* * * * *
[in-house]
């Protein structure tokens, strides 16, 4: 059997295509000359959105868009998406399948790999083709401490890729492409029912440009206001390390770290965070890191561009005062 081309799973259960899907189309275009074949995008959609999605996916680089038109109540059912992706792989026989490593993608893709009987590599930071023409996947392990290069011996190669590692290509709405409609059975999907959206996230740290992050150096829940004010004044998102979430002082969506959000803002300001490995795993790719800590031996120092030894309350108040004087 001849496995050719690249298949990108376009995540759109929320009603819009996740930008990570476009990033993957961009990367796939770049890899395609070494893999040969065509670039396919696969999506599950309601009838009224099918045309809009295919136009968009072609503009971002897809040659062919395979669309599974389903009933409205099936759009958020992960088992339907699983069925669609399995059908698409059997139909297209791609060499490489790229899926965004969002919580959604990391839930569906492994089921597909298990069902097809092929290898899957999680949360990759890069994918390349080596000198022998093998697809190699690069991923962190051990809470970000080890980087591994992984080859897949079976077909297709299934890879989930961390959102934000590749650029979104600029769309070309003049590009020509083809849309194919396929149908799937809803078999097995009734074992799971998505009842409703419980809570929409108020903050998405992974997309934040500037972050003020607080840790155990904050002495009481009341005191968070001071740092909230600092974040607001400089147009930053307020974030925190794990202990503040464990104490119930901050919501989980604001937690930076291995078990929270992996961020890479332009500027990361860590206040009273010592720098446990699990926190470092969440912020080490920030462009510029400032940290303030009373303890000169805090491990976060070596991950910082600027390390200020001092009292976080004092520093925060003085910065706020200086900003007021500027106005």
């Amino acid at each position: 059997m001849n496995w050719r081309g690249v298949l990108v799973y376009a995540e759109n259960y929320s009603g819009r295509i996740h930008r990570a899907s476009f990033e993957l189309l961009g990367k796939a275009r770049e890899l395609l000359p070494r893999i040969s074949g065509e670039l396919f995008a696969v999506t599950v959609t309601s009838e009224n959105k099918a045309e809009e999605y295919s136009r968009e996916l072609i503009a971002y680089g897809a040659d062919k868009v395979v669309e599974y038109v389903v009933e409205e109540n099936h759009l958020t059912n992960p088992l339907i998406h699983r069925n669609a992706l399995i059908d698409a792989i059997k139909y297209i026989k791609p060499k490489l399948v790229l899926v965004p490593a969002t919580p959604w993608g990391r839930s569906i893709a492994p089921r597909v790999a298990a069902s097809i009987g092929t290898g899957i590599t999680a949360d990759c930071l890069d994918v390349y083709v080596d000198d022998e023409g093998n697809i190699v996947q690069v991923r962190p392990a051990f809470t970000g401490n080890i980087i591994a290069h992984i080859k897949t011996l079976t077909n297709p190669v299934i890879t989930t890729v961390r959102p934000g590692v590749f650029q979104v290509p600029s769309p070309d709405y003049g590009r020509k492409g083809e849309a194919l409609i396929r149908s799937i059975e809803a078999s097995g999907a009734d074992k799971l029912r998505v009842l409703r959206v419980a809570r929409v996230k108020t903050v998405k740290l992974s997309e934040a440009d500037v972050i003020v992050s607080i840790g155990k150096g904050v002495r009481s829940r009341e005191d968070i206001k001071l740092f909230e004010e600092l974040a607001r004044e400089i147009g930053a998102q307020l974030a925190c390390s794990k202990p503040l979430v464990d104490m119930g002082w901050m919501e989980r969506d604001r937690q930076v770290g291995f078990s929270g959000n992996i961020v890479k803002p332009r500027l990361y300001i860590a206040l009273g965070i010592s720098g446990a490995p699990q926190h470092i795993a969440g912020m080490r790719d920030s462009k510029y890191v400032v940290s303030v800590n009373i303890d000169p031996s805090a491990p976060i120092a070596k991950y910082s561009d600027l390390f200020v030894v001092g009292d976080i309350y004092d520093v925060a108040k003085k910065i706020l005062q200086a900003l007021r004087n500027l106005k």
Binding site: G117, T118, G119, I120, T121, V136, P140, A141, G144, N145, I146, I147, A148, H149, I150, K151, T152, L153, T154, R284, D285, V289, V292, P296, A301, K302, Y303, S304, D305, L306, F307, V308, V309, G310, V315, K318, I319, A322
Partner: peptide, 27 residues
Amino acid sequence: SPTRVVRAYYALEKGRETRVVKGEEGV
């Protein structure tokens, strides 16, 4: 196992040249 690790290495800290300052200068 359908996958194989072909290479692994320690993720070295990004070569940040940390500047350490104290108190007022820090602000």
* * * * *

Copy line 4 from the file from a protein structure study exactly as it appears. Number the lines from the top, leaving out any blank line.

Binding site: G117, T118, G119, I120, T121, V136, P140, A141, G144, N145, I146, I147, A148, H149, I150, K151, T152, L153, T154, R284, D285, V289, V292, P296, A301, K302, Y303, S304, D305, L306, F307, V308, V309, G310, V315, K318, I319, A322